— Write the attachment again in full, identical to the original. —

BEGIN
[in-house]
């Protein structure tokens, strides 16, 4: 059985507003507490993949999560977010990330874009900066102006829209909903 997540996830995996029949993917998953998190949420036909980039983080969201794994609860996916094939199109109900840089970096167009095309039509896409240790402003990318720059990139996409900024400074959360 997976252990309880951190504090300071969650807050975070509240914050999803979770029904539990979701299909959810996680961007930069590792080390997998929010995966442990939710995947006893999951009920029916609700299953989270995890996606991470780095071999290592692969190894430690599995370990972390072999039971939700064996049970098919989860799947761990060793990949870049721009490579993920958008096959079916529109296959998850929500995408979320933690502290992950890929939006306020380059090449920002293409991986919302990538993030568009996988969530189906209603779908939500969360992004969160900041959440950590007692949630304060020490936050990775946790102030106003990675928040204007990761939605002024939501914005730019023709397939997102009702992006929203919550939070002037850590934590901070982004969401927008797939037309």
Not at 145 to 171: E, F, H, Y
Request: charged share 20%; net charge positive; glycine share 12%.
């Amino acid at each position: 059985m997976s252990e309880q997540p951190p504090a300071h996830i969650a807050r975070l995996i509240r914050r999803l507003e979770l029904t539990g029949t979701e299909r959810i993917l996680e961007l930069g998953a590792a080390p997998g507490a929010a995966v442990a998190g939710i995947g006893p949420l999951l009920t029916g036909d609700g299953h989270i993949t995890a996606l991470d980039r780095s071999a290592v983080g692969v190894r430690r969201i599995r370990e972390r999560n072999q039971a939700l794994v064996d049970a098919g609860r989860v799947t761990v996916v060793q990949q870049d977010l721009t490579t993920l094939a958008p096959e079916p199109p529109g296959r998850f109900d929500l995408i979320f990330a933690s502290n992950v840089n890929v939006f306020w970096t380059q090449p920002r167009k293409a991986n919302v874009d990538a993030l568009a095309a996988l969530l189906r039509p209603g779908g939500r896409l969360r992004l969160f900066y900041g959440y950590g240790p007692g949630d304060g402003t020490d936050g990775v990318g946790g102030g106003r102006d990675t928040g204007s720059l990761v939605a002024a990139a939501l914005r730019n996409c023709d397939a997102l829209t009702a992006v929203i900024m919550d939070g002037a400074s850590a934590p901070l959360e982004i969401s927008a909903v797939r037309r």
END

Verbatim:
[in-house]
């Protein structure tokens, strides 16, 4: 059985507003507490993949999560977010990330874009900066102006829209909903 997540996830995996029949993917998953998190949420036909980039983080969201794994609860996916094939199109109900840089970096167009095309039509896409240790402003990318720059990139996409900024400074959360 997976252990309880951190504090300071969650807050975070509240914050999803979770029904539990979701299909959810996680961007930069590792080390997998929010995966442990939710995947006893999951009920029916609700299953989270995890996606991470780095071999290592692969190894430690599995370990972390072999039971939700064996049970098919989860799947761990060793990949870049721009490579993920958008096959079916529109296959998850929500995408979320933690502290992950890929939006306020380059090449920002293409991986919302990538993030568009996988969530189906209603779908939500969360992004969160900041959440950590007692949630304060020490936050990775946790102030106003990675928040204007990761939605002024939501914005730019023709397939997102009702992006929203919550939070002037850590934590901070982004969401927008797939037309």
Not at 145 to 171: E, F, H, Y
Request: charged share 20%; net charge positive; glycine share 12%.
């Amino acid at each position: 059985m997976s252990e309880q997540p951190p504090a300071h996830i969650a807050r975070l995996i509240r914050r999803l507003e979770l029904t539990g029949t979701e299909r959810i993917l996680e961007l930069g998953a590792a080390p997998g507490a929010a995966v442990a998190g939710i995947g006893p949420l999951l009920t029916g036909d609700g299953h989270i993949t995890a996606l991470d980039r780095s071999a290592v983080g692969v190894r430690r969201i599995r370990e972390r999560n072999q039971a939700l794994v064996d049970a098919g609860r989860v799947t761990v996916v060793q990949q870049d977010l721009t490579t993920l094939a958008p096959e079916p199109p529109g296959r998850f109900d929500l995408i979320f990330a933690s502290n992950v840089n890929v939006f306020w970096t380059q090449p920002r167009k293409a991986n919302v874009d990538a993030l568009a095309a996988l969530l189906r039509p209603g779908g939500r896409l969360r992004l969160f900066y900041g959440y950590g240790p007692g949630d304060g402003t020490d936050g990775v990318g946790g102030g106003r102006d990675t928040g204007s720059l990761v939605a002024a990139a939501l914005r730019n996409c023709d397939a997102l829209t009702a992006v929203i900024m919550d939070g002037a400074s850590a934590p901070l959360e982004i969401s927008a909903v797939r037309r």